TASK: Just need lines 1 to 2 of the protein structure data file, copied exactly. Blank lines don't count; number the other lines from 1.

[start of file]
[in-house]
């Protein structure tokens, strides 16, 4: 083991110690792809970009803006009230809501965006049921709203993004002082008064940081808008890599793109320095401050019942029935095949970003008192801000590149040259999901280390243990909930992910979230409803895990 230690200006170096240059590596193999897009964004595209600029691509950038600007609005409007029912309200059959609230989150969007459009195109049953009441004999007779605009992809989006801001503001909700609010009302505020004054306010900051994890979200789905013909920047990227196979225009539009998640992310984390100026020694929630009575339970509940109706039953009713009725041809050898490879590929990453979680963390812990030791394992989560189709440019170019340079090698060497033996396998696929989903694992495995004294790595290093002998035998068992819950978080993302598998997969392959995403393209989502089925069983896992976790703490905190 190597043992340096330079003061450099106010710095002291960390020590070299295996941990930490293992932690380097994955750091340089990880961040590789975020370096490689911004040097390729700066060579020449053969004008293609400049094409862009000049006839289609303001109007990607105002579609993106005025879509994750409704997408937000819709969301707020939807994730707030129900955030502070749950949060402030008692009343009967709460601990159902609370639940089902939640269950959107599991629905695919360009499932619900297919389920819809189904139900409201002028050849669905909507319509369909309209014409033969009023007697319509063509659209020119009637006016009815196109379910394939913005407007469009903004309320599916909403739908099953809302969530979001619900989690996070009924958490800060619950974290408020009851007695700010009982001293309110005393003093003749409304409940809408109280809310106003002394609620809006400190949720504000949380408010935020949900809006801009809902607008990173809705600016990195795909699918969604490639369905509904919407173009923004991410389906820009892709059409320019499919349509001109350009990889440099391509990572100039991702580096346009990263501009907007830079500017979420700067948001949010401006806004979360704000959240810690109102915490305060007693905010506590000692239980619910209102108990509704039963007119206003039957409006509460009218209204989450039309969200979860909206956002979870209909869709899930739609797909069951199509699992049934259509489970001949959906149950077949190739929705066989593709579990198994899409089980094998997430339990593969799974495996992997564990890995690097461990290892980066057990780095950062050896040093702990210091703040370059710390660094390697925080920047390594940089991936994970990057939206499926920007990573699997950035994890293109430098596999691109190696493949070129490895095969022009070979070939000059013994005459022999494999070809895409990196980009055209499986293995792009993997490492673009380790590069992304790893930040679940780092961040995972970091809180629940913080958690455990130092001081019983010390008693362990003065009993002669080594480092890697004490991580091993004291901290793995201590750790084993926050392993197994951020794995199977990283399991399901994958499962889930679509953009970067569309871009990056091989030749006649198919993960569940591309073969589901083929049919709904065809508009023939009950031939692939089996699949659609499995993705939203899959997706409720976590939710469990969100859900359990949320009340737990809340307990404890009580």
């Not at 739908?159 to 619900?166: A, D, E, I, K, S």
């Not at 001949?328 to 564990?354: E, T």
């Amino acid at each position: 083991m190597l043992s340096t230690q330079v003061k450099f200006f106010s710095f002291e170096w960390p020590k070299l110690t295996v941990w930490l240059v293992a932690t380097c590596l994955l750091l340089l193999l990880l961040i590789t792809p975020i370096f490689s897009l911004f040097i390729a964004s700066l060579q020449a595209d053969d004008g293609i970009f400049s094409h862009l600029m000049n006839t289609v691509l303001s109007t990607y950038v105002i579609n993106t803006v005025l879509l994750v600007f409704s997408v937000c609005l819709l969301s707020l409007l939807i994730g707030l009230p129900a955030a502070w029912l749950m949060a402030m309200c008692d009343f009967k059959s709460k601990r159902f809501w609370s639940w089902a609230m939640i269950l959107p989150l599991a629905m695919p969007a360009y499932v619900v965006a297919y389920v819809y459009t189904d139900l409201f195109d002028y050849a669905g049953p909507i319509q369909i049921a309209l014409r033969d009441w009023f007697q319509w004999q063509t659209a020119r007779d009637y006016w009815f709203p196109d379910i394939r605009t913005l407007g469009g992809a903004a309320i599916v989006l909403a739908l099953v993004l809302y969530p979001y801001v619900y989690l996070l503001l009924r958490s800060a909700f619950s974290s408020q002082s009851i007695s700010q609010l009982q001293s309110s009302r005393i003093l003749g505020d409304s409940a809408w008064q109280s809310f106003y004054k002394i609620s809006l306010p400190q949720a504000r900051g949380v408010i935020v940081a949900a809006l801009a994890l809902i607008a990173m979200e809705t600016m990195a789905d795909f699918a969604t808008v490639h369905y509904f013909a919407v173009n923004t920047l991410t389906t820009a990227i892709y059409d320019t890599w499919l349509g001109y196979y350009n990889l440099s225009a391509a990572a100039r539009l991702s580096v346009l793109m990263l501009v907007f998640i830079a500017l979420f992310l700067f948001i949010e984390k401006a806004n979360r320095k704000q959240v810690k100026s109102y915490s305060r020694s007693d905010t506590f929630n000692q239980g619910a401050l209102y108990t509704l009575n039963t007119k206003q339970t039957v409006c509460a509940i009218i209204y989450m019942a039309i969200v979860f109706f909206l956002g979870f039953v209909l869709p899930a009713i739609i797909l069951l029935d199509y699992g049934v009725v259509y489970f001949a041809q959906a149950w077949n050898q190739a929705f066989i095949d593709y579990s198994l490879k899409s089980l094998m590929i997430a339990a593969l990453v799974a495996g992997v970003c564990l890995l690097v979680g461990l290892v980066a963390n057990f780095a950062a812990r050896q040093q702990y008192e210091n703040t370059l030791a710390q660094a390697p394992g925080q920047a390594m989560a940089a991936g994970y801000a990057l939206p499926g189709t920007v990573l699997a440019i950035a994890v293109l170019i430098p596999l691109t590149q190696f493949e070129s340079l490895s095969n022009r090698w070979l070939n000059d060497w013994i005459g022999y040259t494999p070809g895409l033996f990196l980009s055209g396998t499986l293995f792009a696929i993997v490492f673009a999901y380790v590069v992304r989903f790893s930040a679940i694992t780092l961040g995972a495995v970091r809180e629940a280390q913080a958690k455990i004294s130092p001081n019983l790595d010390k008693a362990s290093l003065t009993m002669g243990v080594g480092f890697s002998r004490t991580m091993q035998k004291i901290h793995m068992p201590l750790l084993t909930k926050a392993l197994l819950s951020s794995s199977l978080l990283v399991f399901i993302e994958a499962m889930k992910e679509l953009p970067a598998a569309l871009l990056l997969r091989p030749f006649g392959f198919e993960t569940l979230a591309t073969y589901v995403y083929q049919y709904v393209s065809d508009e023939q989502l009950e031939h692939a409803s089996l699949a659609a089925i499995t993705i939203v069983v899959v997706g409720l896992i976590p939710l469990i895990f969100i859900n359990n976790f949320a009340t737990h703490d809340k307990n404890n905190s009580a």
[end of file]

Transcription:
[in-house]
């Protein structure tokens, strides 16, 4: 083991110690792809970009803006009230809501965006049921709203993004002082008064940081808008890599793109320095401050019942029935095949970003008192801000590149040259999901280390243990909930992910979230409803895990 230690200006170096240059590596193999897009964004595209600029691509950038600007609005409007029912309200059959609230989150969007459009195109049953009441004999007779605009992809989006801001503001909700609010009302505020004054306010900051994890979200789905013909920047990227196979225009539009998640992310984390100026020694929630009575339970509940109706039953009713009725041809050898490879590929990453979680963390812990030791394992989560189709440019170019340079090698060497033996396998696929989903694992495995004294790595290093002998035998068992819950978080993302598998997969392959995403393209989502089925069983896992976790703490905190 190597043992340096330079003061450099106010710095002291960390020590070299295996941990930490293992932690380097994955750091340089990880961040590789975020370096490689911004040097390729700066060579020449053969004008293609400049094409862009000049006839289609303001109007990607105002579609993106005025879509994750409704997408937000819709969301707020939807994730707030129900955030502070749950949060402030008692009343009967709460601990159902609370639940089902939640269950959107599991629905695919360009499932619900297919389920819809189904139900409201002028050849669905909507319509369909309209014409033969009023007697319509063509659209020119009637006016009815196109379910394939913005407007469009903004309320599916909403739908099953809302969530979001619900989690996070009924958490800060619950974290408020009851007695700010009982001293309110005393003093003749409304409940809408109280809310106003002394609620809006400190949720504000949380408010935020949900809006801009809902607008990173809705600016990195795909699918969604490639369905509904919407173009923004991410389906820009892709059409320019499919349509001109350009990889440099391509990572100039991702580096346009990263501009907007830079500017979420700067948001949010401006806004979360704000959240810690109102915490305060007693905010506590000692239980619910209102108990509704039963007119206003039957409006509460009218209204989450039309969200979860909206956002979870209909869709899930739609797909069951199509699992049934259509489970001949959906149950077949190739929705066989593709579990198994899409089980094998997430339990593969799974495996992997564990890995690097461990290892980066057990780095950062050896040093702990210091703040370059710390660094390697925080920047390594940089991936994970990057939206499926920007990573699997950035994890293109430098596999691109190696493949070129490895095969022009070979070939000059013994005459022999494999070809895409990196980009055209499986293995792009993997490492673009380790590069992304790893930040679940780092961040995972970091809180629940913080958690455990130092001081019983010390008693362990003065009993002669080594480092890697004490991580091993004291901290793995201590750790084993926050392993197994951020794995199977990283399991399901994958499962889930679509953009970067569309871009990056091989030749006649198919993960569940591309073969589901083929049919709904065809508009023939009950031939692939089996699949659609499995993705939203899959997706409720976590939710469990969100859900359990949320009340737990809340307990404890009580």